The donations aren't from potential gas clients or investors, and likely will not affect negotiations if the project ever reaches that stage, he said.
"I would say who paid for the travel on this is the least of the project's problems," Persily said.
The $55 billion Alaska LNG project calls for construction of an 800-mile pipeline to move gas off the Slope, a terminal in Nikiski, plus a plant to superchill it into a liquid for the trip to Asia and another to process gas and remove impurities.
Exxon Mobil led the project. But the energy giant, along with ConocoPhillips and BP, are turning it over to their state partner, the Alaska Gasline Development Corp. The oil companies are backing off over concerns about its competitiveness, with prices for liquefied natural gas low and the world awash in LNG projects.
The gas line agency hopes to lower costs in part by securing federal tax waivers.
Since September, Walker has stepped up the state's outreach on the Asian continent, making three trips, including to the large LNG Producer-Consumer Conference in Tokyo in late November. The expenses from that trip are expected to be covered by the state, said Jang.
So far, the trips have produced no deals with potential partners, officials say. Pursuing those will be a focus for the gas line agency next year.
On Sept. 22, the Korean ministry covered the round-trip business-class flights to Seoul on Korean Air for Walker, his wife, and a member of the governor's security team, records show. The ministry also paid four nights of lodging for them at the Shilla Hotel in Seoul along with ground travel and an interpreter. The total came to $21,996, the records show.
The sponsorship was part of a South Korea program inviting select U.S. governors to the country to meet with government officials and businesses on important issues, Walker's office has said.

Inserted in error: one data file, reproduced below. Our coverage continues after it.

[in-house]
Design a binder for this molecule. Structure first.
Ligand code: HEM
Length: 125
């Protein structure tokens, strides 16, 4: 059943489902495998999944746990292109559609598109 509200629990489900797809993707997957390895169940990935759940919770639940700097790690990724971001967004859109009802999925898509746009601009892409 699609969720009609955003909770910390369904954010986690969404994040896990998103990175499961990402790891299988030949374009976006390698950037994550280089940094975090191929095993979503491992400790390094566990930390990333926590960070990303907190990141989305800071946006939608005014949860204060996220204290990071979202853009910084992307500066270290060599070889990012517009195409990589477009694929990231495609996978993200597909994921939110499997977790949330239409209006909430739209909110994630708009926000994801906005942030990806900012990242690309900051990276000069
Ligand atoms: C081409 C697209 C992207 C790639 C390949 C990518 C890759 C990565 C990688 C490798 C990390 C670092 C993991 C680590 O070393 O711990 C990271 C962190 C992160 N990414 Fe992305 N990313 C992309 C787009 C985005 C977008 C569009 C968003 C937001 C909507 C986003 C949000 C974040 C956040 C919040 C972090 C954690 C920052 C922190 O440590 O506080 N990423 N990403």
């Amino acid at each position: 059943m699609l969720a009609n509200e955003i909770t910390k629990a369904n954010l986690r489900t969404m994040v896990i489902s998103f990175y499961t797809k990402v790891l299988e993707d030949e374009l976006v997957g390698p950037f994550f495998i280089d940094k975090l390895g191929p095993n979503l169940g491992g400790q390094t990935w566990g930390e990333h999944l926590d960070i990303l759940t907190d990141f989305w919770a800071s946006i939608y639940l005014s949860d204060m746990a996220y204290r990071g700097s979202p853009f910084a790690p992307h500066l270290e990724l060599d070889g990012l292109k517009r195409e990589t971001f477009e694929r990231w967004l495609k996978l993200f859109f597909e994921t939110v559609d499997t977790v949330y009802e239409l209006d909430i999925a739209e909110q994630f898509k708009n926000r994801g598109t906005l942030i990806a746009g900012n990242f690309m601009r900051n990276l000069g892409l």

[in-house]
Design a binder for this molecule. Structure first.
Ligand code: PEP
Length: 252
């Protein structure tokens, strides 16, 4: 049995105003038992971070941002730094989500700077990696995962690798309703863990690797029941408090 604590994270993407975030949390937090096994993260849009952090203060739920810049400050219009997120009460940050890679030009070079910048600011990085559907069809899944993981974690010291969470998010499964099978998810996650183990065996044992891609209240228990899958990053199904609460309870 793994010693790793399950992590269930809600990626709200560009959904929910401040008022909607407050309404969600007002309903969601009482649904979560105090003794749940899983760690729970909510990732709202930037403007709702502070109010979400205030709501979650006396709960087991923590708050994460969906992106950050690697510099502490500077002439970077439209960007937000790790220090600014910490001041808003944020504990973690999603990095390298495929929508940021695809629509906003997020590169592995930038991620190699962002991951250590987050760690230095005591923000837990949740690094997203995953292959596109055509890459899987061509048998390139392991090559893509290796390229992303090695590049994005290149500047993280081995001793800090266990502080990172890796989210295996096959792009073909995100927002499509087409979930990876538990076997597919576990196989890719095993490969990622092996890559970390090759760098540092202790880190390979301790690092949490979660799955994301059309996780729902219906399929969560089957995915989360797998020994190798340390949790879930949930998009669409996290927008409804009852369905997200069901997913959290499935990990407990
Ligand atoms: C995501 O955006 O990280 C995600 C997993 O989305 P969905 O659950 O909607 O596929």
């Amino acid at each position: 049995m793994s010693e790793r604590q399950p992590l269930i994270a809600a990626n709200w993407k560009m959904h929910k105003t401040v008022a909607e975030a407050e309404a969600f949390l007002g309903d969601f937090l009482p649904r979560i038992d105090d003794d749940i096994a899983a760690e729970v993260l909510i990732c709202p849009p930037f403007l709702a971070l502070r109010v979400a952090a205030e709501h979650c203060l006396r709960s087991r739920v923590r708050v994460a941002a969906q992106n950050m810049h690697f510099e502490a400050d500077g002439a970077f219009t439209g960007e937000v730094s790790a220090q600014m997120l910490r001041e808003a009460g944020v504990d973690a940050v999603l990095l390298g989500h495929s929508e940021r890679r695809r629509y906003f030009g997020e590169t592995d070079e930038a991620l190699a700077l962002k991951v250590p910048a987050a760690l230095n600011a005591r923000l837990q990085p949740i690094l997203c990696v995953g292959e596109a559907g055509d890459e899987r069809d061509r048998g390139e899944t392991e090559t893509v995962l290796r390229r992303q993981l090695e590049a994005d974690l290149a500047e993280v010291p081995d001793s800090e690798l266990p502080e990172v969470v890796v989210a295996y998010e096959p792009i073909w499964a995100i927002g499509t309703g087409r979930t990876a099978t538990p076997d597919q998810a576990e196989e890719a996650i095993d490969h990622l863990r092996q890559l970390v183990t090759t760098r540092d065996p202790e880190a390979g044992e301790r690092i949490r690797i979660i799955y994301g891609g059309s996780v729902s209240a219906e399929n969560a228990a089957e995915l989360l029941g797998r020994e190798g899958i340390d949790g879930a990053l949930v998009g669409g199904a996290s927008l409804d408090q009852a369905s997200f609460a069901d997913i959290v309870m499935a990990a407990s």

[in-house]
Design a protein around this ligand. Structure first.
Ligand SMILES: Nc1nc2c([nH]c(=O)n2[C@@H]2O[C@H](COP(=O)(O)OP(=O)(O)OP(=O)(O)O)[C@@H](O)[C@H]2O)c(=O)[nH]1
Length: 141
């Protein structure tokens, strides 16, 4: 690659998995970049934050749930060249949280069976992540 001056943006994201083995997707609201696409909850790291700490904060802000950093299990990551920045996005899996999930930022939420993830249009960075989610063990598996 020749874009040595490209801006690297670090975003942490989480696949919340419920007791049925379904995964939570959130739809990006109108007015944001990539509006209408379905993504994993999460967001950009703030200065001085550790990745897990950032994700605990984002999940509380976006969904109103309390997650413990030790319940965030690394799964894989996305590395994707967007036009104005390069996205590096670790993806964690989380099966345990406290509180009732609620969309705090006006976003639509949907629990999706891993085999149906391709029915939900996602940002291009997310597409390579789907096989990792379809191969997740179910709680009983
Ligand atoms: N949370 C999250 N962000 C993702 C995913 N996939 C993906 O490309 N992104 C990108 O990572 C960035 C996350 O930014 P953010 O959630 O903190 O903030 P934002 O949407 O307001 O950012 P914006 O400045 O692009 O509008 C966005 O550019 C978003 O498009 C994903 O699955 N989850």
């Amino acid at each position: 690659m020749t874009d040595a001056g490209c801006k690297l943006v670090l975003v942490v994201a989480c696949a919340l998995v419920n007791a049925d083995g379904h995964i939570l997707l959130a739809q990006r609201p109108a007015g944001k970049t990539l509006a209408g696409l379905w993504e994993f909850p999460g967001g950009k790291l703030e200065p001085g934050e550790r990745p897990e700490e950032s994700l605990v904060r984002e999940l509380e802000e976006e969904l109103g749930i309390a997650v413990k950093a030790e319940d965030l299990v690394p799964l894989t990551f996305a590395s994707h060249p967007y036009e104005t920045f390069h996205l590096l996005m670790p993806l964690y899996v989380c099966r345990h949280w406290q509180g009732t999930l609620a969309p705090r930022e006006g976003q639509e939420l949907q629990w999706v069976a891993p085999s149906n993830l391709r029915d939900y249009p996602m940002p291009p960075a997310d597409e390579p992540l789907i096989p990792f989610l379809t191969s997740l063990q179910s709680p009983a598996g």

There, the governor and staff promoted the project in meetings with companies such as state-owned KOGAS, the world's top LNG buyer. KOGAS President Lee Seung-hoon gave the governor a porcelain tray with a wood display valued at $50, the disclosures show.
On that trip, the governor met people who invited him to return to South Korea to speak at the Future Consensus Institute's forum in Seoul. The think tank was launched by a wealthy businessman, Cho Chang-gul, founder of Hanssem, Korea's largest furniture maker.
Keith Meyer, AGDC president, said it was important to attend because Alaska gas can help provide regional security in Asia. But there were concerns about incurring more state costs with the second trip, he said.
Ultimately, the institute offered to foot the bill. "They said, 'Well look, what if we pay for the travel?' " Meyer said.
Days after returning to Alaska from South Korea, Walker, Meyer and Jang were headed back, along with a member of the governor's security detail.
On Oct. 7, the institute chartered a flight from Anchorage that met Walker in Kodiak, where he was attending meetings. The flight cost $39,501 so the group could meet a Korean Air flight in Las Vegas. The institute also sponsored Walker and Jang on the round-trip, business-class flight to Korea, and provided their rooms for three nights at the Westin Chosun Hotel, adding $15,225.
Meyer said there was no ethical conflict. The state gas line agency reimbursed the institute $6,585 for the business-class flight and paid for Meyer's lodging, but not his seat on the chartered flight.
The meeting focused on Asian policy, with representatives from Russia, Japan, the United States and other countries discussing long-term energy needs, relations with North Korea, and other issues, he said.
"It was an honor for Alaska to be there," Meyer said. "The fact that they were willing to pay for the travel was gracious of them."